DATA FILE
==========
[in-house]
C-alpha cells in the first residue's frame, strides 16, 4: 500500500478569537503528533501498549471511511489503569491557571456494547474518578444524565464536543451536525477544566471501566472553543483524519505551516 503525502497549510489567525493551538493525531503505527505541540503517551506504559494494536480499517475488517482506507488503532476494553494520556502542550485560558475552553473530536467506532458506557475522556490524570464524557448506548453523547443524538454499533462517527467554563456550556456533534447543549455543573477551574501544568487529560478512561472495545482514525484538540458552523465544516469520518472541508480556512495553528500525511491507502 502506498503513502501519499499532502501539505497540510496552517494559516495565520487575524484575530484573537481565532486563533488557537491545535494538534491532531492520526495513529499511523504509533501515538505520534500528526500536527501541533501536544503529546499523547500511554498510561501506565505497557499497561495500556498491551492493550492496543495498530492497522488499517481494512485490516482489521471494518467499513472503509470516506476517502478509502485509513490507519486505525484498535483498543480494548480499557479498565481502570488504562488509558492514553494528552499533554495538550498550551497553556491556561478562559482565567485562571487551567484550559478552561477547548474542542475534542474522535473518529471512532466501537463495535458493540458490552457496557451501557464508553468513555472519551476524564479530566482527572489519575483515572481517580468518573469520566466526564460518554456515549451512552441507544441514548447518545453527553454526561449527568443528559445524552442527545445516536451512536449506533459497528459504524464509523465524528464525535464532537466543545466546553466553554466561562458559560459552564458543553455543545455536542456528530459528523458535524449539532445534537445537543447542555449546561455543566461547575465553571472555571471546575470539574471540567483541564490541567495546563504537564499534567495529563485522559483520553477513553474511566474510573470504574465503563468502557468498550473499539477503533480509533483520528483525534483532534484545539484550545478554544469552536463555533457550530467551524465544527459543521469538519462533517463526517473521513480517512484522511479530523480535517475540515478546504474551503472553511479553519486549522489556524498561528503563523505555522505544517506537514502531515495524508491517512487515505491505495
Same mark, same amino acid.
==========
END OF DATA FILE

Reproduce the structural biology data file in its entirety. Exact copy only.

[in-house]
C-alpha cells in the first residue's frame, strides 16, 4: 500500500478569537503528533501498549471511511489503569491557571456494547474518578444524565464536543451536525477544566471501566472553543483524519505551516 503525502497549510489567525493551538493525531503505527505541540503517551506504559494494536480499517475488517482506507488503532476494553494520556502542550485560558475552553473530536467506532458506557475522556490524570464524557448506548453523547443524538454499533462517527467554563456550556456533534447543549455543573477551574501544568487529560478512561472495545482514525484538540458552523465544516469520518472541508480556512495553528500525511491507502 502506498503513502501519499499532502501539505497540510496552517494559516495565520487575524484575530484573537481565532486563533488557537491545535494538534491532531492520526495513529499511523504509533501515538505520534500528526500536527501541533501536544503529546499523547500511554498510561501506565505497557499497561495500556498491551492493550492496543495498530492497522488499517481494512485490516482489521471494518467499513472503509470516506476517502478509502485509513490507519486505525484498535483498543480494548480499557479498565481502570488504562488509558492514553494528552499533554495538550498550551497553556491556561478562559482565567485562571487551567484550559478552561477547548474542542475534542474522535473518529471512532466501537463495535458493540458490552457496557451501557464508553468513555472519551476524564479530566482527572489519575483515572481517580468518573469520566466526564460518554456515549451512552441507544441514548447518545453527553454526561449527568443528559445524552442527545445516536451512536449506533459497528459504524464509523465524528464525535464532537466543545466546553466553554466561562458559560459552564458543553455543545455536542456528530459528523458535524449539532445534537445537543447542555449546561455543566461547575465553571472555571471546575470539574471540567483541564490541567495546563504537564499534567495529563485522559483520553477513553474511566474510573470504574465503563468502557468498550473499539477503533480509533483520528483525534483532534484545539484550545478554544469552536463555533457550530467551524465544527459543521469538519462533517463526517473521513480517512484522511479530523480535517475540515478546504474551503472553511479553519486549522489556524498561528503563523505555522505544517506537514502531515495524508491517512487515505491505495
Same mark, same amino acid.